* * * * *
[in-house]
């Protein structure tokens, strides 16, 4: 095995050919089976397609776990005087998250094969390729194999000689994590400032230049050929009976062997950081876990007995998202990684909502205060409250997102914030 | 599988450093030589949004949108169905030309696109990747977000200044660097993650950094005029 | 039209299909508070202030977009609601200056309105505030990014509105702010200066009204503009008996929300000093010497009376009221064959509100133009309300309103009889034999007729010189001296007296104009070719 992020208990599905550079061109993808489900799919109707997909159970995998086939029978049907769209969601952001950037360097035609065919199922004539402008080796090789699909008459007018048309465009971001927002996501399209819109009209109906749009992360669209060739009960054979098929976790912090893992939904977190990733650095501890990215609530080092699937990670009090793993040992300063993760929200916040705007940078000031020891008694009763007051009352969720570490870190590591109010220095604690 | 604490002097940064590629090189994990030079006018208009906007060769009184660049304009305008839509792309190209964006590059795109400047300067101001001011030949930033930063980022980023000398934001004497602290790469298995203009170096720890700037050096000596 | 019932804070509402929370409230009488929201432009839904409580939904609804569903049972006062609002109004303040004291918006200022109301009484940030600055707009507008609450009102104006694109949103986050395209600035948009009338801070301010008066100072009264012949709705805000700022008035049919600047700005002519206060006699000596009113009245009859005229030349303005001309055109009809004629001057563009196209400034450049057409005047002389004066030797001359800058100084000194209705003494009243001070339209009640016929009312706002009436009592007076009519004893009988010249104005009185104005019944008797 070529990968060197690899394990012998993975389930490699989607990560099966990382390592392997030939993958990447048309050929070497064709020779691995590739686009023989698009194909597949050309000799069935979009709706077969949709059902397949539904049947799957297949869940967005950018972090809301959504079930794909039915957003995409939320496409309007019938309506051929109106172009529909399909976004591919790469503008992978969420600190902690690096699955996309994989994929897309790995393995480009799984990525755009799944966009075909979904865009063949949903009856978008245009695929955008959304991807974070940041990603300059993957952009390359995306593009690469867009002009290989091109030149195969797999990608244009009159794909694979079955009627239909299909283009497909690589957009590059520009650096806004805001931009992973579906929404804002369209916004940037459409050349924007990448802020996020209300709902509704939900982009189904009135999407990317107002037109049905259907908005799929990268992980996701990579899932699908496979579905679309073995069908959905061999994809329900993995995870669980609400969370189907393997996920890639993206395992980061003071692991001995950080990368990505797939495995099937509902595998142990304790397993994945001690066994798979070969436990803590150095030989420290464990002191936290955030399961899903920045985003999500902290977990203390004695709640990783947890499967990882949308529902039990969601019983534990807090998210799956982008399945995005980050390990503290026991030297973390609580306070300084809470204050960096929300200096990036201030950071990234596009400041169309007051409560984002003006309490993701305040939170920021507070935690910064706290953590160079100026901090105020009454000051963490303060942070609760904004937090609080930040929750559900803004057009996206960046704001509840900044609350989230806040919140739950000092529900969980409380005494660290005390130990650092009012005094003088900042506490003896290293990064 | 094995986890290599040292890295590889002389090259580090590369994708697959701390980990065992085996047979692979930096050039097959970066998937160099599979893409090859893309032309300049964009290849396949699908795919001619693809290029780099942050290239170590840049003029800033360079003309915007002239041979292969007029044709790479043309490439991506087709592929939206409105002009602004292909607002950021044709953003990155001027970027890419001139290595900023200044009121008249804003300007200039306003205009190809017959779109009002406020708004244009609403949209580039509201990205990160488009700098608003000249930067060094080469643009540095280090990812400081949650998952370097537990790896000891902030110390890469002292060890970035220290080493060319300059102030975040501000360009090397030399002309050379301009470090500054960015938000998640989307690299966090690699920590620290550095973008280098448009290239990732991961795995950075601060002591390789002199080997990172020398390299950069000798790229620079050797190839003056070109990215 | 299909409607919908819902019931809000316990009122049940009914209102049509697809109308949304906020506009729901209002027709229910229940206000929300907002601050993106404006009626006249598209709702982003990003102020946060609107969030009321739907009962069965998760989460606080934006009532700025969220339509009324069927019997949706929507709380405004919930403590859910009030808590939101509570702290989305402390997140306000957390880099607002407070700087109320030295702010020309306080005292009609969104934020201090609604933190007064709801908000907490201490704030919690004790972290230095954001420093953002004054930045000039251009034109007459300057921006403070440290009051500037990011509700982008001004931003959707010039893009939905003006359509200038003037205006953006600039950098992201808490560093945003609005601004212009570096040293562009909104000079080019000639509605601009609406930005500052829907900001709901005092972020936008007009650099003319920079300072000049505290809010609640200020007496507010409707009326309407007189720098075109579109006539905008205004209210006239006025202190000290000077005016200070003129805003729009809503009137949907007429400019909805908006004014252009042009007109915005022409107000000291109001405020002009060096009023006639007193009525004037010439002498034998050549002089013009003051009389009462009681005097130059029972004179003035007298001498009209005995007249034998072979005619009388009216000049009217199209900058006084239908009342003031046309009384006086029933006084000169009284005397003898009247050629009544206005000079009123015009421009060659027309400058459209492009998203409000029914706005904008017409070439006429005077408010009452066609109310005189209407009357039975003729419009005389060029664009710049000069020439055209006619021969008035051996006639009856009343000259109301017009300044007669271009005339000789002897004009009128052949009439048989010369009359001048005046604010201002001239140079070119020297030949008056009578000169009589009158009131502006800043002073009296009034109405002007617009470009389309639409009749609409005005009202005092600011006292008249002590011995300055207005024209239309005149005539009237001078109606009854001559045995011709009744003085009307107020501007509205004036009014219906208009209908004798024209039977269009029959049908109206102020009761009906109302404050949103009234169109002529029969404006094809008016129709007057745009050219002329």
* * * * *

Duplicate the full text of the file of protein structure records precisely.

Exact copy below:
[in-house]
């Protein structure tokens, strides 16, 4: 095995050919089976397609776990005087998250094969390729194999000689994590400032230049050929009976062997950081876990007995998202990684909502205060409250997102914030 | 599988450093030589949004949108169905030309696109990747977000200044660097993650950094005029 | 039209299909508070202030977009609601200056309105505030990014509105702010200066009204503009008996929300000093010497009376009221064959509100133009309300309103009889034999007729010189001296007296104009070719 992020208990599905550079061109993808489900799919109707997909159970995998086939029978049907769209969601952001950037360097035609065919199922004539402008080796090789699909008459007018048309465009971001927002996501399209819109009209109906749009992360669209060739009960054979098929976790912090893992939904977190990733650095501890990215609530080092699937990670009090793993040992300063993760929200916040705007940078000031020891008694009763007051009352969720570490870190590591109010220095604690 | 604490002097940064590629090189994990030079006018208009906007060769009184660049304009305008839509792309190209964006590059795109400047300067101001001011030949930033930063980022980023000398934001004497602290790469298995203009170096720890700037050096000596 | 019932804070509402929370409230009488929201432009839904409580939904609804569903049972006062609002109004303040004291918006200022109301009484940030600055707009507008609450009102104006694109949103986050395209600035948009009338801070301010008066100072009264012949709705805000700022008035049919600047700005002519206060006699000596009113009245009859005229030349303005001309055109009809004629001057563009196209400034450049057409005047002389004066030797001359800058100084000194209705003494009243001070339209009640016929009312706002009436009592007076009519004893009988010249104005009185104005019944008797 070529990968060197690899394990012998993975389930490699989607990560099966990382390592392997030939993958990447048309050929070497064709020779691995590739686009023989698009194909597949050309000799069935979009709706077969949709059902397949539904049947799957297949869940967005950018972090809301959504079930794909039915957003995409939320496409309007019938309506051929109106172009529909399909976004591919790469503008992978969420600190902690690096699955996309994989994929897309790995393995480009799984990525755009799944966009075909979904865009063949949903009856978008245009695929955008959304991807974070940041990603300059993957952009390359995306593009690469867009002009290989091109030149195969797999990608244009009159794909694979079955009627239909299909283009497909690589957009590059520009650096806004805001931009992973579906929404804002369209916004940037459409050349924007990448802020996020209300709902509704939900982009189904009135999407990317107002037109049905259907908005799929990268992980996701990579899932699908496979579905679309073995069908959905061999994809329900993995995870669980609400969370189907393997996920890639993206395992980061003071692991001995950080990368990505797939495995099937509902595998142990304790397993994945001690066994798979070969436990803590150095030989420290464990002191936290955030399961899903920045985003999500902290977990203390004695709640990783947890499967990882949308529902039990969601019983534990807090998210799956982008399945995005980050390990503290026991030297973390609580306070300084809470204050960096929300200096990036201030950071990234596009400041169309007051409560984002003006309490993701305040939170920021507070935690910064706290953590160079100026901090105020009454000051963490303060942070609760904004937090609080930040929750559900803004057009996206960046704001509840900044609350989230806040919140739950000092529900969980409380005494660290005390130990650092009012005094003088900042506490003896290293990064 | 094995986890290599040292890295590889002389090259580090590369994708697959701390980990065992085996047979692979930096050039097959970066998937160099599979893409090859893309032309300049964009290849396949699908795919001619693809290029780099942050290239170590840049003029800033360079003309915007002239041979292969007029044709790479043309490439991506087709592929939206409105002009602004292909607002950021044709953003990155001027970027890419001139290595900023200044009121008249804003300007200039306003205009190809017959779109009002406020708004244009609403949209580039509201990205990160488009700098608003000249930067060094080469643009540095280090990812400081949650998952370097537990790896000891902030110390890469002292060890970035220290080493060319300059102030975040501000360009090397030399002309050379301009470090500054960015938000998640989307690299966090690699920590620290550095973008280098448009290239990732991961795995950075601060002591390789002199080997990172020398390299950069000798790229620079050797190839003056070109990215 | 299909409607919908819902019931809000316990009122049940009914209102049509697809109308949304906020506009729901209002027709229910229940206000929300907002601050993106404006009626006249598209709702982003990003102020946060609107969030009321739907009962069965998760989460606080934006009532700025969220339509009324069927019997949706929507709380405004919930403590859910009030808590939101509570702290989305402390997140306000957390880099607002407070700087109320030295702010020309306080005292009609969104934020201090609604933190007064709801908000907490201490704030919690004790972290230095954001420093953002004054930045000039251009034109007459300057921006403070440290009051500037990011509700982008001004931003959707010039893009939905003006359509200038003037205006953006600039950098992201808490560093945003609005601004212009570096040293562009909104000079080019000639509605601009609406930005500052829907900001709901005092972020936008007009650099003319920079300072000049505290809010609640200020007496507010409707009326309407007189720098075109579109006539905008205004209210006239006025202190000290000077005016200070003129805003729009809503009137949907007429400019909805908006004014252009042009007109915005022409107000000291109001405020002009060096009023006639007193009525004037010439002498034998050549002089013009003051009389009462009681005097130059029972004179003035007298001498009209005995007249034998072979005619009388009216000049009217199209900058006084239908009342003031046309009384006086029933006084000169009284005397003898009247050629009544206005000079009123015009421009060659027309400058459209492009998203409000029914706005904008017409070439006429005077408010009452066609109310005189209407009357039975003729419009005389060029664009710049000069020439055209006619021969008035051996006639009856009343000259109301017009300044007669271009005339000789002897004009009128052949009439048989010369009359001048005046604010201002001239140079070119020297030949008056009578000169009589009158009131502006800043002073009296009034109405002007617009470009389309639409009749609409005005009202005092600011006292008249002590011995300055207005024209239309005149005539009237001078109606009854001559045995011709009744003085009307107020501007509205004036009014219906208009209908004798024209039977269009029959049908109206102020009761009906109302404050949103009234169109002529029969404006094809008016129709007057745009050219002329």